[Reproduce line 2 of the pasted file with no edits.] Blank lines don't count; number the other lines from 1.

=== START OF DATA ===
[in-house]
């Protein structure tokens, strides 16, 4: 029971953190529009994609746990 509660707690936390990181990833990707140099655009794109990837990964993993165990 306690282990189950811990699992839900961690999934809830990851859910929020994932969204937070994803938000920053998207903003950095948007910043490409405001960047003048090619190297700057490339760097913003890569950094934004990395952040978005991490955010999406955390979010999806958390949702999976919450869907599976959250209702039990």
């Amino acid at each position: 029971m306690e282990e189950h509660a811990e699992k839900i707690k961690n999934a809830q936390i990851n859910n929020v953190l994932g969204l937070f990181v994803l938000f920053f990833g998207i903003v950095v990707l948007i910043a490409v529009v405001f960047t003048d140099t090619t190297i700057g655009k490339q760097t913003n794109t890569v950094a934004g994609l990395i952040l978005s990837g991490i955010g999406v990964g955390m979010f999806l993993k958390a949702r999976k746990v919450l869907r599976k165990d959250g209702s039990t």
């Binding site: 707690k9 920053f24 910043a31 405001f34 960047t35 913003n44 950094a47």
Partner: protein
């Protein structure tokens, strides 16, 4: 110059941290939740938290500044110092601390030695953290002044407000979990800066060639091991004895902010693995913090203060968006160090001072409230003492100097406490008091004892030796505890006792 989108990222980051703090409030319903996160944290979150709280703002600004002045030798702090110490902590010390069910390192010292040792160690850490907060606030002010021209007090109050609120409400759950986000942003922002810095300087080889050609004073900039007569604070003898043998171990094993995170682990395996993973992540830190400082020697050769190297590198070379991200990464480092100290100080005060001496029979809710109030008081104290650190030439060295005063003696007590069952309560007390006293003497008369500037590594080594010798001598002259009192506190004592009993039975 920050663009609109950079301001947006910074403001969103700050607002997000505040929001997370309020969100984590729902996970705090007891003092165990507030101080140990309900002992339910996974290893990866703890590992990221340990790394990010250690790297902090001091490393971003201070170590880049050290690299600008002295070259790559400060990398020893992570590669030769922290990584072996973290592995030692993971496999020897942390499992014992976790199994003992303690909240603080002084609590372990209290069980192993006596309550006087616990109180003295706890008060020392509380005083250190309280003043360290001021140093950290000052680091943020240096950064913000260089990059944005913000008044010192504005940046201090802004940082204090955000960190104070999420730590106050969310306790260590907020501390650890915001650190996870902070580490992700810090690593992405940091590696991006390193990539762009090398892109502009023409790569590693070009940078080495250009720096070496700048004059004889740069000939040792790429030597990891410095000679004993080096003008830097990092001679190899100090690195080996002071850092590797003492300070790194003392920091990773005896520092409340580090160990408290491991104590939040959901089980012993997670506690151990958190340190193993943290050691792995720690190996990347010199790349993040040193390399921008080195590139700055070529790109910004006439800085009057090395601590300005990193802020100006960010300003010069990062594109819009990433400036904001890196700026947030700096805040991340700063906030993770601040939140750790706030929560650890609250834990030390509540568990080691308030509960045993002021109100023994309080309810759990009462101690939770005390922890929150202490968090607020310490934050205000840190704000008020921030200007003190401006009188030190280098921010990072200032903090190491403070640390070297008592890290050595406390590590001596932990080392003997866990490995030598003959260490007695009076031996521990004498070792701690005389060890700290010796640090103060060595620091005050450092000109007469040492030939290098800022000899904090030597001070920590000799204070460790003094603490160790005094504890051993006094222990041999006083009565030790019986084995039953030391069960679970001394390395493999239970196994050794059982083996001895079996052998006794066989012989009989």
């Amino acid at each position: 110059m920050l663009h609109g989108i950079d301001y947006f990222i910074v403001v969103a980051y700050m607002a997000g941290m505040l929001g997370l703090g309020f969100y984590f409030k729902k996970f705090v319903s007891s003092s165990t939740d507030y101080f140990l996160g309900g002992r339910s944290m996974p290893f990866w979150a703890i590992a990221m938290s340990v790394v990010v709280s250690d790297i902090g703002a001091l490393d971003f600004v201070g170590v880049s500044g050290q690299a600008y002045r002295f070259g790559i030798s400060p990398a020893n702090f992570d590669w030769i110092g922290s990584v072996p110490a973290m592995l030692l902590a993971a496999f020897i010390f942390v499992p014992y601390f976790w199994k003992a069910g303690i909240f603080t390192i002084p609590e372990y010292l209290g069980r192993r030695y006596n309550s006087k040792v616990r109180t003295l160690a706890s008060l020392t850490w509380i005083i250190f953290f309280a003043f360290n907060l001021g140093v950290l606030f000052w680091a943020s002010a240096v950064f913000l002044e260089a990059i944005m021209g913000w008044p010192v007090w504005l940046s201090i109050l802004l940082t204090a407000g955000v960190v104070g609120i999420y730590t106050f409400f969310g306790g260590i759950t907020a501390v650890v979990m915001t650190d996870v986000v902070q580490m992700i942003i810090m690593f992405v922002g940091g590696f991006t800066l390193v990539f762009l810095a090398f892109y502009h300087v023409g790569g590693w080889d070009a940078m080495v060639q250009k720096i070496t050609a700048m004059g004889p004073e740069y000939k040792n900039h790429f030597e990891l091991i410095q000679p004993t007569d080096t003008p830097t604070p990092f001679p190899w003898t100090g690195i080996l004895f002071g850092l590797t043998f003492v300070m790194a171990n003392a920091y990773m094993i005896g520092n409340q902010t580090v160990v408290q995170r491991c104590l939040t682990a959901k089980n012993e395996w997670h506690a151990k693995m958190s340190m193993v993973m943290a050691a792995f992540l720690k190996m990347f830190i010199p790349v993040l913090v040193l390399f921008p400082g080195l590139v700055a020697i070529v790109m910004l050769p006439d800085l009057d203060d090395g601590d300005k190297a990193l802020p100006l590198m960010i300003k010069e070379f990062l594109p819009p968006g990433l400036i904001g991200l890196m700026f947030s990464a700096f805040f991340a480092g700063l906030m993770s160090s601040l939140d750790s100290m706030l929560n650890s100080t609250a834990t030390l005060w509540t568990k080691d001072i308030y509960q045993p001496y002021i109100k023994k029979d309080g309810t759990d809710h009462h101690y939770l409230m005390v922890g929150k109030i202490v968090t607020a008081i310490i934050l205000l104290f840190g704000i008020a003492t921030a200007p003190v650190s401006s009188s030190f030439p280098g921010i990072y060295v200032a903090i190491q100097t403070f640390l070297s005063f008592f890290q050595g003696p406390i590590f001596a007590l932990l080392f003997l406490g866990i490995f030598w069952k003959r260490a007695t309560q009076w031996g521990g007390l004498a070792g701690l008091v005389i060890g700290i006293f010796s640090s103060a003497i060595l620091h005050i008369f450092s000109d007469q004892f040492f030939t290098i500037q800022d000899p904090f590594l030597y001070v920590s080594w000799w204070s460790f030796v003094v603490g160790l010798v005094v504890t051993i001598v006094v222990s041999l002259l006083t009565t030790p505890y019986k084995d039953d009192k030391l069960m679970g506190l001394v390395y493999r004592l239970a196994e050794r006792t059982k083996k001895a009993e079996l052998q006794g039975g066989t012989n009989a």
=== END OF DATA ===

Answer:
């Protein structure tokens, strides 16, 4: 029971953190529009994609746990 509660707690936390990181990833990707140099655009794109990837990964993993165990 306690282990189950811990699992839900961690999934809830990851859910929020994932969204937070994803938000920053998207903003950095948007910043490409405001960047003048090619190297700057490339760097913003890569950094934004990395952040978005991490955010999406955390979010999806958390949702999976919450869907599976959250209702039990």